have between 75 and 100 kg). In order to minimize
environmental stress, the animals were moved and
housed at Fundeni Clinical Insitute Centre for Excelence
in Translational Medicine for at least 24 hours before
surgery. The pigs were housed alone in dedicated
rooms with a surface of at least 5 m2. The room was
heated and humidified appropriately in order to make
the animals comfortable. Food was withheld 24 hours
before surgery and water before 6 hours.
The following variables were recorded. The swine
were weighed and measured (snout length, snout
diameter, snout to tail length, snout to vertex, snow to
12th rib). Induction of anesthesia: the swine were Figure 1 - Dysection of the larynx in pigs.
equally divided into two groups: in the first group (iv Legend: A trachea, b larynx, c opening of larynx,
group) an intravenous induction was applied (propofol D first tracheal ring

254 Journal of Translational Medicine and Research, 21 (4), 2016


A New Protocol of Inhalatory Induction of Anaesthesia in Experimental Swine Surgery. A Pilot Study

table 1 - Antropometric parameters

Anthropometric parameter Value (sD)


weight (kg) 91.7 7.5
snout length (cm) 20.3 2.0
snout diameter (cm) 33.6 3.5
snout to tail length (cm) 131.0 2.6
snout to vertex (cm) 28.0 2.0
snout to 12 rib (cm)
th
95.6 2.5

was then applied on the pigs snout and the animal was
left to breathe spontaneously for several minutes
Figure 2 - tracheal intubation in pigs. View at laryngoscopy.
Legend: A hard palate, b base of tongue, c epiglottis, (fig. 3). Intubation was assessed as significantly easier in
D - cartilagoarytenoidea, E endotracheal tube the inhale group and a smaller number of attempts
were made to intubate (table 2).There were no statisti-
cal differences in hemodynamic parameters between
Intraoperative drug requirements and minimum alveo- inhale group and iv group althoug a smaller end-tidal
lar concentration (MAC)(EtSev?)of inhaled anaesthetic CO2 was observed in the inhale group probably due to
agent were noted. During the postoperative period, the the smaller number of attempts (table 3).
swine were kept in separated, well heated rooms and A central venous catheter was placed percutaneously
appropriate analgesia was administered. in the internal jugular vein. The needle was inserted 3 to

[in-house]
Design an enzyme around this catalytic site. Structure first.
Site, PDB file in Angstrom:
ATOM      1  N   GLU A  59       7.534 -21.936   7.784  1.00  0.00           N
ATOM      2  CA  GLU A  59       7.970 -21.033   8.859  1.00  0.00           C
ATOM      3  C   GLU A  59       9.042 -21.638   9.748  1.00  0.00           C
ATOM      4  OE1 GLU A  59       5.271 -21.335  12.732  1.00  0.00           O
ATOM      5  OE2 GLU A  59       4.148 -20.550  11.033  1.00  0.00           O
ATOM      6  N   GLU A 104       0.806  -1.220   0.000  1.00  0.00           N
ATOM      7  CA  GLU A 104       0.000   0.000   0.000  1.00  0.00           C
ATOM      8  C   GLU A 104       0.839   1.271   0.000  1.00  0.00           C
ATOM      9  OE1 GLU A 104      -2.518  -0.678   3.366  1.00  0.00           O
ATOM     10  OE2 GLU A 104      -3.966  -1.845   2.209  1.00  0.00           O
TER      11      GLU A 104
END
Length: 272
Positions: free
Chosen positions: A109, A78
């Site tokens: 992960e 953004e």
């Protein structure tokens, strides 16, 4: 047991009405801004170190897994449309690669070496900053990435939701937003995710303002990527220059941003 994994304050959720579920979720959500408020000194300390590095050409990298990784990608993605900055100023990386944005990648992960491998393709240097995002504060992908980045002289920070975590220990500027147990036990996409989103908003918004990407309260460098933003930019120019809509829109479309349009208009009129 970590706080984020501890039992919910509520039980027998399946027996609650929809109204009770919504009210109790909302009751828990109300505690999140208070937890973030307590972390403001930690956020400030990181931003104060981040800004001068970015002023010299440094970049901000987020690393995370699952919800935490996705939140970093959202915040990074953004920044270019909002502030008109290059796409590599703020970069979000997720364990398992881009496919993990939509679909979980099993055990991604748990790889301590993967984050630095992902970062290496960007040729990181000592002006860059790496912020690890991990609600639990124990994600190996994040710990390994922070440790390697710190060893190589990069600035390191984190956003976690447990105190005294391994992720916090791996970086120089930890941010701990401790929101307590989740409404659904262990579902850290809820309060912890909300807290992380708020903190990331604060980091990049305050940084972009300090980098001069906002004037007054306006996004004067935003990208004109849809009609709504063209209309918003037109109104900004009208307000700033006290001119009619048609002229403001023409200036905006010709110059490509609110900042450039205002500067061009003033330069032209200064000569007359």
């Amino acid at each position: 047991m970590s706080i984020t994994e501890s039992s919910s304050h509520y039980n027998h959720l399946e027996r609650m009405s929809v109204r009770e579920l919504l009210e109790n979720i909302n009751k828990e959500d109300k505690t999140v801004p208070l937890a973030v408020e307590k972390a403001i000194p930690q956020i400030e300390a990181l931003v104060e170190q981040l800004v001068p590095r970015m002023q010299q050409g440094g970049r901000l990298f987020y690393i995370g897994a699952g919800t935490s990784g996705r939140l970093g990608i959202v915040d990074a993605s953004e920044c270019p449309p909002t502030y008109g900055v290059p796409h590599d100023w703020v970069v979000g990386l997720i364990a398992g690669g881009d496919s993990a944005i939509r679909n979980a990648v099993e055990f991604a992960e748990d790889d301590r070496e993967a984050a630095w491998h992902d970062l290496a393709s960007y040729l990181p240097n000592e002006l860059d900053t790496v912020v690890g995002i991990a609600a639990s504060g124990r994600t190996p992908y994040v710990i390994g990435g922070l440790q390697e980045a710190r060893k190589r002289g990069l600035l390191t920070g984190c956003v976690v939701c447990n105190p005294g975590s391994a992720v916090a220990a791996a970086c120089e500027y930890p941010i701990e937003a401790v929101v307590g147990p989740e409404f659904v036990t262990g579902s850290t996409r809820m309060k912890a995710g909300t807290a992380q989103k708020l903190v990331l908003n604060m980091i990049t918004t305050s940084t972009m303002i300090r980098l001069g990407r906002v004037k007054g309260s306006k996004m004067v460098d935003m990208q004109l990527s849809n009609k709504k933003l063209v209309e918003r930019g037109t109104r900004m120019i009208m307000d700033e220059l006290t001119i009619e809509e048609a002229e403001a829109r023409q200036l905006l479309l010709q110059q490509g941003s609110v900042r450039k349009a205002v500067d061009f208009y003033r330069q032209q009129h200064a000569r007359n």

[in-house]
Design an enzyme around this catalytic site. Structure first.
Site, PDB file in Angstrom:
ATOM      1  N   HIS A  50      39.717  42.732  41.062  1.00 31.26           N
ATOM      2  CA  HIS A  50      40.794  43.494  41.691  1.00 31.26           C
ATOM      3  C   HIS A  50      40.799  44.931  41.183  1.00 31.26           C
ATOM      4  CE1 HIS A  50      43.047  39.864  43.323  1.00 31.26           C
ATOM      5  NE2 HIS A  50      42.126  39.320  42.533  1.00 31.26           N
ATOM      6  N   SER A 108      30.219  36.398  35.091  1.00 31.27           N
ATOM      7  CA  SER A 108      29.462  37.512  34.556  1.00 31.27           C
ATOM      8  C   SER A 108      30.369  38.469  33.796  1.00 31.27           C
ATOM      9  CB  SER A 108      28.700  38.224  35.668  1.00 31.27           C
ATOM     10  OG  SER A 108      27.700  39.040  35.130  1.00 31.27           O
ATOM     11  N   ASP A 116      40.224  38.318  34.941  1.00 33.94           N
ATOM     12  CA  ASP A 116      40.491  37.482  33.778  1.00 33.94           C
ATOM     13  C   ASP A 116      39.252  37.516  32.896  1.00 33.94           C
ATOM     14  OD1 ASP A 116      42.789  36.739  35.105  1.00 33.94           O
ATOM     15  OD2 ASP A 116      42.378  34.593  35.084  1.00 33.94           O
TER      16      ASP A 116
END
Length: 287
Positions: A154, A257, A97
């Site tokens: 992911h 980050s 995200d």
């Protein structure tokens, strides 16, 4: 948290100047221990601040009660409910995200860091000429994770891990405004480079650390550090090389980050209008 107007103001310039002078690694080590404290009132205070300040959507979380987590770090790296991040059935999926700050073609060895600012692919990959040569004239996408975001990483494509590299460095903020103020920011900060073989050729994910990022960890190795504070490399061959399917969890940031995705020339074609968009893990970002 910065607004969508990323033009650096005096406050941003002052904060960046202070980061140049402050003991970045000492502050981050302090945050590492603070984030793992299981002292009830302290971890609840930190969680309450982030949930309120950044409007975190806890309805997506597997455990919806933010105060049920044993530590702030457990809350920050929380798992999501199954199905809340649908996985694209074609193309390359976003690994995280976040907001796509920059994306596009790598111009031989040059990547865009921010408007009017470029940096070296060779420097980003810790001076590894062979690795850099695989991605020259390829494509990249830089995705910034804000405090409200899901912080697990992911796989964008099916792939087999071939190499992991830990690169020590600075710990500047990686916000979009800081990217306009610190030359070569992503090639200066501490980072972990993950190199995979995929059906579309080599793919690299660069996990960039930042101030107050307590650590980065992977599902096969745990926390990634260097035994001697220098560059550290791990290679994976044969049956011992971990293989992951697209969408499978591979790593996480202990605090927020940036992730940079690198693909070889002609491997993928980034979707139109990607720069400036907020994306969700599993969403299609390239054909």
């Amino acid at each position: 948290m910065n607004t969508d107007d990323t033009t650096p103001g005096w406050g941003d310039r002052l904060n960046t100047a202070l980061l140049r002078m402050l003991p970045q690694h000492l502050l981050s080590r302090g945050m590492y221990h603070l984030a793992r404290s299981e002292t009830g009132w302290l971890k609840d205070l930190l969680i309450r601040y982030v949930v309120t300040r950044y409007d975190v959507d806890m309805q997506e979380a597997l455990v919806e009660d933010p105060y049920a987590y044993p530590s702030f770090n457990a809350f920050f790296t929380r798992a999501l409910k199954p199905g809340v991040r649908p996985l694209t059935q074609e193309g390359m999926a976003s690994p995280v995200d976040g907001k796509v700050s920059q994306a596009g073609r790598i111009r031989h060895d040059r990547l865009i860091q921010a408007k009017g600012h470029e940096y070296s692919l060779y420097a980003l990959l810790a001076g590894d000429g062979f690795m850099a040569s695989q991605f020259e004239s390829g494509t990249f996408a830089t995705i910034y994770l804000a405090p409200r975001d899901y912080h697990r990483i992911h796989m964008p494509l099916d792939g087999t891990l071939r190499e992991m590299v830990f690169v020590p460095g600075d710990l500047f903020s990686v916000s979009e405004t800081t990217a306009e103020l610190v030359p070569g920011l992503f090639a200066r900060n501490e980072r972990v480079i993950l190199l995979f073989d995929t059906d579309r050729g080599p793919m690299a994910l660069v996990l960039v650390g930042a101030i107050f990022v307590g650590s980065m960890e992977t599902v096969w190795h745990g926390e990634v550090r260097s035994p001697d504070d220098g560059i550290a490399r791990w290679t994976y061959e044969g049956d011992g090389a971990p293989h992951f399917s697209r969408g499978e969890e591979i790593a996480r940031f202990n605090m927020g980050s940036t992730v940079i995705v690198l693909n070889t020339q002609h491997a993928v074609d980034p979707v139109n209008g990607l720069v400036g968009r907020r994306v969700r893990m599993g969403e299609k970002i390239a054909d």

Statistical analyses were performed using SPSS 19.0 5 cm lateral of the midline of the neck with the tip of the
(SPSS Inc, Chicago, IL, USA). Data are presented as needle facing the midline of the sternum. For better
mean standard deviation of the mean or percentage. understanding, the anatomy of the internal jugular vein
Ease of intubation and number of attempts were is presented in fig. 4.
compared between the two groups using Gamma test.
Data distribution was examined in order to insure the
proper statistical examination. Quantitative data were
analyzed with independent samples t-test if normal
distributed or Mann-Whitney test if the data did not
follow a normal distribution. All p-values are two-tailed.
Statistical significance was considered at a p-value <
0.05.

results

Preanaesthesia and induction of anaesthesia

The anthropometric measures are presented in


table 1. The swine were sedated using intramuscular
0.5 mg/kg acepromazine and 15 mg/kg ketamine.
Venous access was obtained by catheterization ofone
of the auricular veinusing a 20G peripheral venous
catheter. Induction of anaesthesia was then performed
with the pig in the ventral position. In the iv group the
animals were pre-oxygenated using a tight-fitting snout
mask with 100% oxygen at a flow rate of 12 L/min for at
least 3 minutes. Intravenous fentanyl (1 mcg/kg) and
propofol (2 mg/kg) were administered and tracheal
Figure 3 - Volatile induction of anaesthesia in pigs by using a tight
intubation attempted.In the inhale group the anaes- fitting mask on the animals snout (A) coupled to the anaesthesia
thetic circuit was primed for 5 minutes using an inspired machine with the inhaled anaesthetic agent turned on at a
8% sevoflurane concentration. The tight fitting mask concentration of 8% (b) while the animal is breathing spontaneously

Journal of Translational Medicine and Research, 21 (4), 2016 255


Mihai Popescu et al

table 2 - comparison of difficulty of IV Group Inhale group P value


intubation and number of attempts
Difficulty of intubation (1-5 grade) 3 (2,4) 5 (4,5) 0.00
between iv group and inhale group
NU sE DEDUcE DIN LEGENDA tAbELULUI cE Number of attempts 3.5 (1,5) 1 (1,2) 0.00
rEPrEZINtA NUMErELE DIN PArANtEZA(sD?)

table 3 - Haemodynamic parameters compared between groups

Paramaters All surgeries (n=12) Inhale group (n=6) IV group (n=6) P value
APsyspreind 139.8 17.4 145.6 13.2 134.0 22.0 0.48
APdiapreind 75.8 11.4 82.3 10.7 69.3 9.29 0.18
HR preind 76.8 13.4 80.0 13.0 73.6 15.9 0.62
APsyspostind 126.5 38.7 151.3 38.8 101.6 18.0 0.11
APdiapostind 66.0 13.9 68.3 10.4 63.6 7.0 0.72
HR postind 104.6 38.3 85.0 6.24 123.3 50.4 0.26
EtCO2 43.1 4.3 40.0 2.64 46.3 3.05 0.05
Legend: AP - arterial pressure; sys systolic; dia diastolic, HR heart rate, preind preinduction of anaesthesia, postind postinduction of anaesthesia,
EtCO2 end tidal carbon dioxide (SE NOTEAZA LA FIECARE TABEL SEMNIFICATIA STATISTICA SI SE SEMNALIZEAZA P<0.05

surgery at a rate of 3 ml/kg/h. At the end of surgery a


bolus dose of 250 ml of 10% glucose was administered.
For postoperative analgesia 1.5 mg/kg ketoprofen and
0.1 mg/kg of morphine were administered intra-
venously at skin closure. At the end of surgery the
inhaled anaesthetic was discontinued, the pigs were left
in spontaneous breathing mode and the trachea was
extubated when spontaneous tidal volume was at least
5 ml/kg and the respiratory rate at least 12 breaths/min.

Postoperative care

During postoperative care intravenous 0.1 mg/kg of


morphine and 1 mg/kg ketoprofen were administered
every 8 hours. In addition 2 mg/kg meperidine was
Figure 4 - Great vessels of the neck in pigs. administered intravenously two hours after surgery.
Legend: A vagus nerve, b carotid artery,
c internal jugular vein, D trachea, E larynx